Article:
If an all-girl pop music group thwarting mad scientists and would-be world conquerors seemed a little far-fetched in the previous season what is found during this run of Josie and the Pussycats in Outer Space makes those episodes seem downright plausible by comparison. The group’s bassist Valerie Brown (Barbara Pariot) was clearly the brains of the operation in the last season, what with her ability to hack into pretty much any device a mad scientist could come up with and then turn the tables on the villains, but this time out she inexplicably has the ability to pilot a spaceship as well as still being able to hack into whatever sci-fi piece of equipment they encounter during their deep space travels, which often includes reprograming a variety of alien robots to change sides and aid the Pussycats, but what is more unbelievable than Valerie’s inexplicable mad skills at space travel is the gang’s inability to stop Alexandra from messing up their chances to get home.
What is an improvement this time out is that the musical performances by the Pussycats were no longer something to simply bookend an episode but were often used to thwart the alien threat of the day, either as a distraction so they could escape or possibly even shatter an alien city with their powerful pop music soundwaves, of course, the real reason was so that we could be treated to some more incredibly catchy tunes.
The target audience for Saturday morning cartoons was obviously kids, and studios were not given much in the way of budgets when it came to the animation, which was always fairly limited and relied heaving on the ability to recycle – groups of characters seen running past the same background elements over and over again was a prime example of this – but while the varied settings of Josie and the Pussycats in Outer Space provided the artists with more free reign and creativity when it came to building alien worlds the animation was still a step back and at times as the characters often looked as if they’d been drawn by a sleep-deprived pre-schooler. They also saved money by simply re-using the footage of the band performing their songs from the first season, despite the fact that this footage shows them in their traditional Pussycat costumes and not their spacefaring garb, and there is no reason to believe they would have had those outfits with them when they fell into the spaceship, not to mention how their instruments mysteriously ended up on board.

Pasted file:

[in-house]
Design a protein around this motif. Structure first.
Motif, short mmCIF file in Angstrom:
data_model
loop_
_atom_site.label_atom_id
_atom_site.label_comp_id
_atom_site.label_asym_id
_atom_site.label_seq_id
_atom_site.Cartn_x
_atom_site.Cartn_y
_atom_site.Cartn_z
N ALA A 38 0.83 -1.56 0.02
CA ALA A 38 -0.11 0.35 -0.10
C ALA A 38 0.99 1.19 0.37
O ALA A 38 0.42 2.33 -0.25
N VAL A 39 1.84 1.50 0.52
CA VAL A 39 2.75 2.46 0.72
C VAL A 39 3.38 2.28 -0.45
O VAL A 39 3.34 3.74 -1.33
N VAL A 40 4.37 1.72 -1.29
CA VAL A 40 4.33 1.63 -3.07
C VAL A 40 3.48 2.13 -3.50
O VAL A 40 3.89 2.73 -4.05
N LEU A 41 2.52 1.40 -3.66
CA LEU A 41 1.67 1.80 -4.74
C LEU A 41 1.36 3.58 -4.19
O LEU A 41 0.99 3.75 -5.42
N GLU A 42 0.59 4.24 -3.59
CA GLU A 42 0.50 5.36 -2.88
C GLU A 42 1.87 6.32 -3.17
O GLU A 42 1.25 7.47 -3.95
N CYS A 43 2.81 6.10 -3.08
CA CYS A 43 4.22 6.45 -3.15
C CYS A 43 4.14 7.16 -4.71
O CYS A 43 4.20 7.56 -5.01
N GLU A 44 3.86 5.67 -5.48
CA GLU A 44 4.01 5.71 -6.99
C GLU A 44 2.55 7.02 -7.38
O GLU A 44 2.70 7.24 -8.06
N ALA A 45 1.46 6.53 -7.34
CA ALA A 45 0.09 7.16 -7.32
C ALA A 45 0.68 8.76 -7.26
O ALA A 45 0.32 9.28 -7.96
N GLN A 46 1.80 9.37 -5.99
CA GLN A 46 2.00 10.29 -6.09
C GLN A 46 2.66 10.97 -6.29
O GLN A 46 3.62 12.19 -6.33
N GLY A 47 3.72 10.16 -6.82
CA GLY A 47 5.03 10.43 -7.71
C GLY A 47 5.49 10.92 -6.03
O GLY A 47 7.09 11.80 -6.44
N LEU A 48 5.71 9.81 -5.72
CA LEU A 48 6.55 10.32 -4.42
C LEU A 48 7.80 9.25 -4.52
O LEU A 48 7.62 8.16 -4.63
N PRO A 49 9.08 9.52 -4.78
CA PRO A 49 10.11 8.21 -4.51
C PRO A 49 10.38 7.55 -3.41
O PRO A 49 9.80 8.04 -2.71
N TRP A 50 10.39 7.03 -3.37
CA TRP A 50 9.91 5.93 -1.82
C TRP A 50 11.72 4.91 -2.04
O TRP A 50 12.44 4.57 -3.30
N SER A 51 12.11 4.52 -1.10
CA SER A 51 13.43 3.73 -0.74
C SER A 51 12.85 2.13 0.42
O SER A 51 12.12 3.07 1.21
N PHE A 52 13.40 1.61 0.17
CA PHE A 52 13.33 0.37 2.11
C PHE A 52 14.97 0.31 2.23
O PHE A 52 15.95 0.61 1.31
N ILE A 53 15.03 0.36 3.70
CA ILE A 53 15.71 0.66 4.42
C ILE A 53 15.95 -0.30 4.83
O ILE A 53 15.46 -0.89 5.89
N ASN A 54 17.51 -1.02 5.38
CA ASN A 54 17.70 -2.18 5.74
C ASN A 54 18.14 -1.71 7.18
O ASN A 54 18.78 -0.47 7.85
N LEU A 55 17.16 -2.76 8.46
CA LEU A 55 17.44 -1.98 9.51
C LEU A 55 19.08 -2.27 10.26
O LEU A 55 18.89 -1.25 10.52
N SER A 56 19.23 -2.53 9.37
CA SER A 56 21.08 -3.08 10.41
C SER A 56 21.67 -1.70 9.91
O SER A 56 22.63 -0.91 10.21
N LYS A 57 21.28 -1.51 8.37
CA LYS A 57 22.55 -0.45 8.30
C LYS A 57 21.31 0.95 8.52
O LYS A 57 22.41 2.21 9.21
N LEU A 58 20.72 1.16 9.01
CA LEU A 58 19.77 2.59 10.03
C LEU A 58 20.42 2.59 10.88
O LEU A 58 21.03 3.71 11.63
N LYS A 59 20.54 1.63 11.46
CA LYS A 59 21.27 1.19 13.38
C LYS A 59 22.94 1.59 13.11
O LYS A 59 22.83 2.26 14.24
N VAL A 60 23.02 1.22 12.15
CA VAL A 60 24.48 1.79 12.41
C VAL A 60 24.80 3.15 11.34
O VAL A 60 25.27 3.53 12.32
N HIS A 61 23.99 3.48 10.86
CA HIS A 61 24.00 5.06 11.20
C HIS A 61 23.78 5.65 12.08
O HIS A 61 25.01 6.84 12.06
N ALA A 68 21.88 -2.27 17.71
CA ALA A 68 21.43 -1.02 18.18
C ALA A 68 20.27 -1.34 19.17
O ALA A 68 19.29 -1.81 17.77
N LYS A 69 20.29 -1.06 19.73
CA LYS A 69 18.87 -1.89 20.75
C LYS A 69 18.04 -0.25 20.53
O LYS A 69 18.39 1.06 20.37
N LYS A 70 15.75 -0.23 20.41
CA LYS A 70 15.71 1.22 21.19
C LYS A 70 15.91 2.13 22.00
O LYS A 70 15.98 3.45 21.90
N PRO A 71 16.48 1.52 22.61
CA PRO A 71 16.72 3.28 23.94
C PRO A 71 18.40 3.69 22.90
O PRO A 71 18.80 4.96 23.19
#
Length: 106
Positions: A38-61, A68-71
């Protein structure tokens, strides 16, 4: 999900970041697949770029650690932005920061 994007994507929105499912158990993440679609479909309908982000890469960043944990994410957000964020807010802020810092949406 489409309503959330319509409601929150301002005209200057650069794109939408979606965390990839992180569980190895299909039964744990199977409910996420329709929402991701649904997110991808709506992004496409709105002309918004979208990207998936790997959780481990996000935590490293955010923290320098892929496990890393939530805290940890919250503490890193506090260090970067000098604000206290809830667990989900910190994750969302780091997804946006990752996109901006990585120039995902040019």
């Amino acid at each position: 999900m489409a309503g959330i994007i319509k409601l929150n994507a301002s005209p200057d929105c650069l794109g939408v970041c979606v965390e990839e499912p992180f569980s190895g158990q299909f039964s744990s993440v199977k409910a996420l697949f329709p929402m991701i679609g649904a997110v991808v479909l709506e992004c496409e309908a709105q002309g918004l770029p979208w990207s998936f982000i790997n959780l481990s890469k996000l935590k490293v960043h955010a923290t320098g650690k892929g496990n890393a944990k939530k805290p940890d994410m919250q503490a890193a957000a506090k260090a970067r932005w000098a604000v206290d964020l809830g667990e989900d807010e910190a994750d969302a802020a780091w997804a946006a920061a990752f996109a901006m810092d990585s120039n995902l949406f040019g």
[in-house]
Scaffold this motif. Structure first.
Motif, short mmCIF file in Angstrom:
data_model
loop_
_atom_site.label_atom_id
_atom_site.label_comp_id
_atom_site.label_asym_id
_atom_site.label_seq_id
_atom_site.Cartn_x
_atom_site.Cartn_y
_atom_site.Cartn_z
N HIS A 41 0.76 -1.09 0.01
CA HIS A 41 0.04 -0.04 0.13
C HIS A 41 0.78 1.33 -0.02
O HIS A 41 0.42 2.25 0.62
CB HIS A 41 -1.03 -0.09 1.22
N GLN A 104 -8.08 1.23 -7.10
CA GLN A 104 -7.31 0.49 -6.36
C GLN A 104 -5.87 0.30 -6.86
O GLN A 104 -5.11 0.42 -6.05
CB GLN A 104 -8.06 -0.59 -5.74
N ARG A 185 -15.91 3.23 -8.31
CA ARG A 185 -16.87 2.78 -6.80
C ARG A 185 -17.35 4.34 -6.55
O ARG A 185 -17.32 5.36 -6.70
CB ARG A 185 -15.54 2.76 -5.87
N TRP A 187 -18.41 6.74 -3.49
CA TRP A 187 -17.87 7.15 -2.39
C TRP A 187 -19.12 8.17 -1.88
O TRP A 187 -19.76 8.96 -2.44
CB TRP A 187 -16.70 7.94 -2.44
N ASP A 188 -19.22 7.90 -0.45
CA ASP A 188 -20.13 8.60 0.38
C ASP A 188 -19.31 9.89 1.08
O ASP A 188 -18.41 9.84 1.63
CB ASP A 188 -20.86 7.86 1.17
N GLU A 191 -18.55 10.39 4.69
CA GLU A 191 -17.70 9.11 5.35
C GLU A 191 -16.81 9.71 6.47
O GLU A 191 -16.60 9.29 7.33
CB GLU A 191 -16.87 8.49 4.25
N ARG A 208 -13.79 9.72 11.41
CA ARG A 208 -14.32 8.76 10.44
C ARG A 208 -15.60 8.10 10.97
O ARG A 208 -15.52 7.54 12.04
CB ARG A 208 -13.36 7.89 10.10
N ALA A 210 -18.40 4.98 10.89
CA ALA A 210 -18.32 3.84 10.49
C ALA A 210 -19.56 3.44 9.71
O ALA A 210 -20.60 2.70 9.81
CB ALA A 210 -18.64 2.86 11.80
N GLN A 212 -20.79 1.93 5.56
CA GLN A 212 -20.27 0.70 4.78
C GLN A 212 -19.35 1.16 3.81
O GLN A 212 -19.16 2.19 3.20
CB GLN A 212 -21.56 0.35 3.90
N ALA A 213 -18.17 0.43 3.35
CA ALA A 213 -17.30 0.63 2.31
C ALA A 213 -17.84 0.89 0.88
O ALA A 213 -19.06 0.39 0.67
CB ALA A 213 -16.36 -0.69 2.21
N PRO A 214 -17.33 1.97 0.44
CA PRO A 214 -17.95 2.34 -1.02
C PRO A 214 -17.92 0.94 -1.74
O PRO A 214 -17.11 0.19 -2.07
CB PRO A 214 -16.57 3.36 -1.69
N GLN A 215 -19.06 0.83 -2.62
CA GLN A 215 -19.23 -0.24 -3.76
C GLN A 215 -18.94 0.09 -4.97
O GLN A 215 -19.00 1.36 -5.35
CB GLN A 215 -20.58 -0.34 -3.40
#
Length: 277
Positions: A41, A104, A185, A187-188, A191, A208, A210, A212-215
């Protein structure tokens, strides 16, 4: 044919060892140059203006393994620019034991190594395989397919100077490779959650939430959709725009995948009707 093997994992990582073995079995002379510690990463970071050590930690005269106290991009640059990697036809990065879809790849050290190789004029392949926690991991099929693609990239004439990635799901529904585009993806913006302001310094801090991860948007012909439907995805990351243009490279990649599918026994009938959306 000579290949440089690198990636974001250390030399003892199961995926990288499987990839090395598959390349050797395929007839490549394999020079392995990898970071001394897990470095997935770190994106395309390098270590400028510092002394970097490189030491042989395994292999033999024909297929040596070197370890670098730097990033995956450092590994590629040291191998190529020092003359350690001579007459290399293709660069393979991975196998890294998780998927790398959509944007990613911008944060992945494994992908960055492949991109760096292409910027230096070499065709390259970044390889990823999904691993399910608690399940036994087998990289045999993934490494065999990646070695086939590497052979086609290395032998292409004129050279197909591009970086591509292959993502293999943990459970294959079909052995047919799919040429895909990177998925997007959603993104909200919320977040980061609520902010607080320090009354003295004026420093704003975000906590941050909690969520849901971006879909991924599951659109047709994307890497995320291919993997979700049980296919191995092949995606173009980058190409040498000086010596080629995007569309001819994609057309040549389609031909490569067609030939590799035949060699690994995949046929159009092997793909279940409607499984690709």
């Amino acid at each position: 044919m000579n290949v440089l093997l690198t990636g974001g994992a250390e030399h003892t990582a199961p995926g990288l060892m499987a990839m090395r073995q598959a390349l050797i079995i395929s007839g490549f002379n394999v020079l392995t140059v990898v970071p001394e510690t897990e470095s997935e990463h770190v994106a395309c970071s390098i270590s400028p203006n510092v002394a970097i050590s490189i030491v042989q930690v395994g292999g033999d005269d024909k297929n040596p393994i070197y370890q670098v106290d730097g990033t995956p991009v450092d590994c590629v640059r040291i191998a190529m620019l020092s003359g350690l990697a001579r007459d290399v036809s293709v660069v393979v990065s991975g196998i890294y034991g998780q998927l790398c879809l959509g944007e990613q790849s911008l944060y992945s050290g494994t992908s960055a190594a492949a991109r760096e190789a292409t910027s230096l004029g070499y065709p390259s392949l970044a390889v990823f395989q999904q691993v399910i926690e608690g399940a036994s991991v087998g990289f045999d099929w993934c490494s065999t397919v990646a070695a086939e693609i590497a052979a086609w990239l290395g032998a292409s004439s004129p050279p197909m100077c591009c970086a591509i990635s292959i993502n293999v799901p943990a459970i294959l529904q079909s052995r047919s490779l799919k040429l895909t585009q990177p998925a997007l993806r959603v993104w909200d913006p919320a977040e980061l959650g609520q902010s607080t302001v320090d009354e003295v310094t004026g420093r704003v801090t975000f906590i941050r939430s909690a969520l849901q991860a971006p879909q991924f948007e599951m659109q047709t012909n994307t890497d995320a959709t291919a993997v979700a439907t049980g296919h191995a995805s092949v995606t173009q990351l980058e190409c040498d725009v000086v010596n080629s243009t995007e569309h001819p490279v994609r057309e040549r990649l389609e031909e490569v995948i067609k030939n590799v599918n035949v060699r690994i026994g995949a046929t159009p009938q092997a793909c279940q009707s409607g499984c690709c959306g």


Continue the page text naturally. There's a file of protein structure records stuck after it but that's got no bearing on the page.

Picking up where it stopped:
The idea of sending Josie and the Pussycats into outer space was certainly an interesting direction to take the show and legendary artist like Alex Toth, the man who gave the world such animated classics as The Herculoids, Space Ghost & Dino Boy and Thundarr the Barbarian, provided the special model designs for this wacky space adventure and so one can’t help but admire what the show was trying to achieve with its science fiction setting, unfortunately, Alexandra’s idiotic behaviour was even more tiresome this time out and with the show ending after just sixteen episodes and us never even finding out if they ever made it home, there were some disappointing elements that would end up concerning some viewers. Overall, Josie and the Pussycats in Outer Space was a light and goofy show that was never to be taken seriously but it wouldn’t have hurt things if the writers had taken their jobs a little more seriously and given us more than simple cardboard adventures for our heroes to face.
Note: It would take three decades before Josie and the Pussycats would be able to again escape the pages of Archie Comics, this time in a live-action film that would end up becoming a cult film favourite.
Josie and the Pussycats in Outer Space (1972)
Series Rank - 6/10
With such a goofy premise and poor animation on display Josie and the Pussycats in Outer Space is a hard one to recommend to any but the die hardest fan but there is still some charm to be found here and the songs are quite catchy.